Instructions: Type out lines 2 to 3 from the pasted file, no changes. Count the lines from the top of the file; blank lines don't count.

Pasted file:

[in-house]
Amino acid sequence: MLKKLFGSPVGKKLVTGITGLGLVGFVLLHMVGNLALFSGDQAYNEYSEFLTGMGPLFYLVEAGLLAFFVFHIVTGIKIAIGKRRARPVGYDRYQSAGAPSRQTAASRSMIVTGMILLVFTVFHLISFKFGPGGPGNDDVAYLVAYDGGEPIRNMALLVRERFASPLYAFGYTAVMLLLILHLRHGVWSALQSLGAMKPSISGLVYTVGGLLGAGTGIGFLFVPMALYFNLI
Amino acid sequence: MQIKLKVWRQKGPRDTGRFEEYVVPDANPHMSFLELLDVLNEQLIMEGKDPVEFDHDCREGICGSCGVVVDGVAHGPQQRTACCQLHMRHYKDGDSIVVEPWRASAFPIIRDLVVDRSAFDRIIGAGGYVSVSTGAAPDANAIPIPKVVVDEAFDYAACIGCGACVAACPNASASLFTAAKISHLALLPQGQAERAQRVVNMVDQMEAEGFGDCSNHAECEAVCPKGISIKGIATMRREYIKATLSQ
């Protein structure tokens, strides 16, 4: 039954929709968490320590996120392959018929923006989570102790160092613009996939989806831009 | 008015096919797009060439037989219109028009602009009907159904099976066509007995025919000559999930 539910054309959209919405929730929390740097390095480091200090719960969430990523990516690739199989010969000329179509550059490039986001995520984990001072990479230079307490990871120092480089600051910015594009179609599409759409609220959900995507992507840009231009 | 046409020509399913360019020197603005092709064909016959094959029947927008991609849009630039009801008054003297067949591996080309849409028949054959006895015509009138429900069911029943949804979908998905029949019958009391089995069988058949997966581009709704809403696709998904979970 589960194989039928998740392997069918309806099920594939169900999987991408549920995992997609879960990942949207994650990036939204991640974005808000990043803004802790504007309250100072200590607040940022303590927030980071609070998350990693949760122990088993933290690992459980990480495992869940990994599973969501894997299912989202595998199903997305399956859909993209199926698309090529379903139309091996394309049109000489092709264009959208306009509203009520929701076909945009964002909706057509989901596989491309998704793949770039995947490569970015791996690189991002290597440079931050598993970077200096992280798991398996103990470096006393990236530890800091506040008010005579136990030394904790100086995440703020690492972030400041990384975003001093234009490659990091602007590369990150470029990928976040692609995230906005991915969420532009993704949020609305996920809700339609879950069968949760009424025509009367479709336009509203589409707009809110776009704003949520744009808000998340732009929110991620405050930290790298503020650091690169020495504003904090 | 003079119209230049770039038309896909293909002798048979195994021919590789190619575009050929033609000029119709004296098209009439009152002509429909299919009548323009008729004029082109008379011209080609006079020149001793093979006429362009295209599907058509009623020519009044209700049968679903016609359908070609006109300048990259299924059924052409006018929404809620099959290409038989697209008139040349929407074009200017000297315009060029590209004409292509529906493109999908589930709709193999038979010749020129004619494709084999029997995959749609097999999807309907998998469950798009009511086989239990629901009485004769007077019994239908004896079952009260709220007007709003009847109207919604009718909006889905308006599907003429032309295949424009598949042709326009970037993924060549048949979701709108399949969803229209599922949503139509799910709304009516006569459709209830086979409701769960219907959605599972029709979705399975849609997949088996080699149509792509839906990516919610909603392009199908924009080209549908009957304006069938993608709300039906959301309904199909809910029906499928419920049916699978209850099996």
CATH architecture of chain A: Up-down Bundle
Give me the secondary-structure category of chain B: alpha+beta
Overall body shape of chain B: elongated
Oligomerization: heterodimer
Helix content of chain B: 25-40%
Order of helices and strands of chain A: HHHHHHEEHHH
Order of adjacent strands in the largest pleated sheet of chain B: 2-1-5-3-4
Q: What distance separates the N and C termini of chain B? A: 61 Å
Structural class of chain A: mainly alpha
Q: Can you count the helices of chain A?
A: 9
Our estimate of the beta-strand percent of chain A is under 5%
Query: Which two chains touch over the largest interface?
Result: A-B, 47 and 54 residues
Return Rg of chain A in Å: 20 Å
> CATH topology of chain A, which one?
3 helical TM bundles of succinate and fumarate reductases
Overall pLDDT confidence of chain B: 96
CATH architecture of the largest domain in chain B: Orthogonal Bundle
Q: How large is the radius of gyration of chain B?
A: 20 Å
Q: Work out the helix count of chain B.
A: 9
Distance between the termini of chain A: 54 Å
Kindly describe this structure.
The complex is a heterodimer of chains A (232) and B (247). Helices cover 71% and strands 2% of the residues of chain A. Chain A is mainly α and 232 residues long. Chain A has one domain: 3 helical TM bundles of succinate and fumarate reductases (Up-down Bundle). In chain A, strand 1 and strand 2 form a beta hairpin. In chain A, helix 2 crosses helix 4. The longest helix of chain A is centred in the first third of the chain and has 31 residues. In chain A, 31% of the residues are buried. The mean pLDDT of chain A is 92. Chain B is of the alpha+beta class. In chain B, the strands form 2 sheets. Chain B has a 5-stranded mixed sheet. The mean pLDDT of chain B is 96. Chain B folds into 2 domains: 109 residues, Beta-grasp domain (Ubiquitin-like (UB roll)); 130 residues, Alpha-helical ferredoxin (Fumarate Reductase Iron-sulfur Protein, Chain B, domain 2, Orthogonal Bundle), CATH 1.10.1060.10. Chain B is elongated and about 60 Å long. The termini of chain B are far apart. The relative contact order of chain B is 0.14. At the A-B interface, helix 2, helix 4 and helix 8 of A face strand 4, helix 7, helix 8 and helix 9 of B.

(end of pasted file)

Amino acid sequence: MLKKLFGSPVGKKLVTGITGLGLVGFVLLHMVGNLALFSGDQAYNEYSEFLTGMGPLFYLVEAGLLAFFVFHIVTGIKIAIGKRRARPVGYDRYQSAGAPSRQTAASRSMIVTGMILLVFTVFHLISFKFGPGGPGNDDVAYLVAYDGGEPIRNMALLVRERFASPLYAFGYTAVMLLLILHLRHGVWSALQSLGAMKPSISGLVYTVGGLLGAGTGIGFLFVPMALYFNLI
Amino acid sequence: MQIKLKVWRQKGPRDTGRFEEYVVPDANPHMSFLELLDVLNEQLIMEGKDPVEFDHDCREGICGSCGVVVDGVAHGPQQRTACCQLHMRHYKDGDSIVVEPWRASAFPIIRDLVVDRSAFDRIIGAGGYVSVSTGAAPDANAIPIPKVVVDEAFDYAACIGCGACVAACPNASASLFTAAKISHLALLPQGQAERAQRVVNMVDQMEAEGFGDCSNHAECEAVCPKGISIKGIATMRREYIKATLSQ